By B.L. Ochman
Like many of us, Eat 24 is miffed at Facebook’s latest algorithm change which means that less than 1 percent of your followers will see your Facebook posts unless you pay to promote them – if then. Eat 24’s BreakUp letter to Facebook is both hilarious and true. Facebook’s incredibly arrogant response from its Director of Communications, Brandon McCormick, not funny.
Eat 24 says:
“…Not to be rude, but you aren’t the smart, funny social network we fell in love with several years back. You’ve changed. A lot….To be honest, lots of our friends warned us about you (not to name names but to definitely name names: Forbes, Fast Company, Wall Street Journal). But we ignored them and trusted you because we loved you. Now we find ourselves questioning our entire relationship.”
“All we do is give, and all you do is take. We give you text posts, delicious food photos, coupons, restaurant recommendations… and what do you do in return? You take them and you hide them from all our friends. …But the bigger picture issue is that we can’t trust you. You lied to us and said you were a social network but you’re totally not a social network…It really seems like you’ve lost your way and have become nothing more than an ad platform…”
Facebook’s Arrogant Response
I’m going to bet that this reply disappears, but back comes Brandon McCormick, more snarky than seems necessary, to say the least:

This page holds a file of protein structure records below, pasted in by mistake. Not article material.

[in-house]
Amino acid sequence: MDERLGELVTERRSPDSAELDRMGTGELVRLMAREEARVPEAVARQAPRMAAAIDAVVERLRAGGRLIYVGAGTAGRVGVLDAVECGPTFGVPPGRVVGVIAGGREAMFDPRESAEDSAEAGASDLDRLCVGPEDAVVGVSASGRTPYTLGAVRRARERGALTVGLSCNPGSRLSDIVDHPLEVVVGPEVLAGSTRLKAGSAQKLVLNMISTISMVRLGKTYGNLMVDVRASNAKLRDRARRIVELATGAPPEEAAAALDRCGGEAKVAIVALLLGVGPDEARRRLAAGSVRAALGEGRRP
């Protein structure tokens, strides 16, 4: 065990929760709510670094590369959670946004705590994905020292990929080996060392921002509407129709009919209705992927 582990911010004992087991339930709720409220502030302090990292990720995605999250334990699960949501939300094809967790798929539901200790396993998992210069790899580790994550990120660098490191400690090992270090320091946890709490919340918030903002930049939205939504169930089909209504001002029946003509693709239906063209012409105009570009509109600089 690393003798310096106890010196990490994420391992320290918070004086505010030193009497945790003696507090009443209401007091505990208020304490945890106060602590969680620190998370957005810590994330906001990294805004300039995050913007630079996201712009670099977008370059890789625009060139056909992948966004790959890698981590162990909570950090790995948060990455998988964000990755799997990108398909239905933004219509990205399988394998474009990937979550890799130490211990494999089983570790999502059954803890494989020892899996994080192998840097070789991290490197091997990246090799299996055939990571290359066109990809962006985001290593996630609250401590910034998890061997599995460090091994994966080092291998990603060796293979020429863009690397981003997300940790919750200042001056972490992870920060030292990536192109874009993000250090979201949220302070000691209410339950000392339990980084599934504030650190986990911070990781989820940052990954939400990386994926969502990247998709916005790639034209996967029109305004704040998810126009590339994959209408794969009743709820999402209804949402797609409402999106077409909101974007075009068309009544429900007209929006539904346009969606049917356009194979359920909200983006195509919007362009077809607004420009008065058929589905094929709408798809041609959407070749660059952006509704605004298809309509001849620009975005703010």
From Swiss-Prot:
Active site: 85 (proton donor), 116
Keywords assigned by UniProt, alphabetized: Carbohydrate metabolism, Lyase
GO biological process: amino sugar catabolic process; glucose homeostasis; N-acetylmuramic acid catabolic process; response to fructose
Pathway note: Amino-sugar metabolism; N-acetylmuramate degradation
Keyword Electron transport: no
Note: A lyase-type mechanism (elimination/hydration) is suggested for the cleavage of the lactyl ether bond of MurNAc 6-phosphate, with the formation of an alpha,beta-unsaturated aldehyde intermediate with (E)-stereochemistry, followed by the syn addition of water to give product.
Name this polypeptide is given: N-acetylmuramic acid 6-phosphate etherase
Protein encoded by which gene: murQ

“Hey Eat24, this is Brandon over at Facebook. I was bummed to read your letter. The world is so much more complicated than when we first met – it has changed. And we used to love your jokes about tacquitos and 420 but now they don’t seem so funny. There is some serious stuff happening in the world and one of my best friends just had a baby and another one just took the best photo of his homemade cupcakes and what we have come to realize is people care about those things more than sushi porn (but if we are in the mood for it, we know where to find it Eat24!). So we are sorry that we have to part this way because we think we could still be friends – really we do. But we totally respect you if you need some space.”
Here’s a bit of advice for your Brandon: It pays to be nice to your customers.
Just for good measure, here’s Veritasium’s video explaining Facebook click fraud by – yup – Facebook.
We hear from a lot of people that they don’t want to get involved in Google Plus because they have thousands of followers on Facebook.
To them, we say: Still think your brand is getting Facebook engagement? Think again!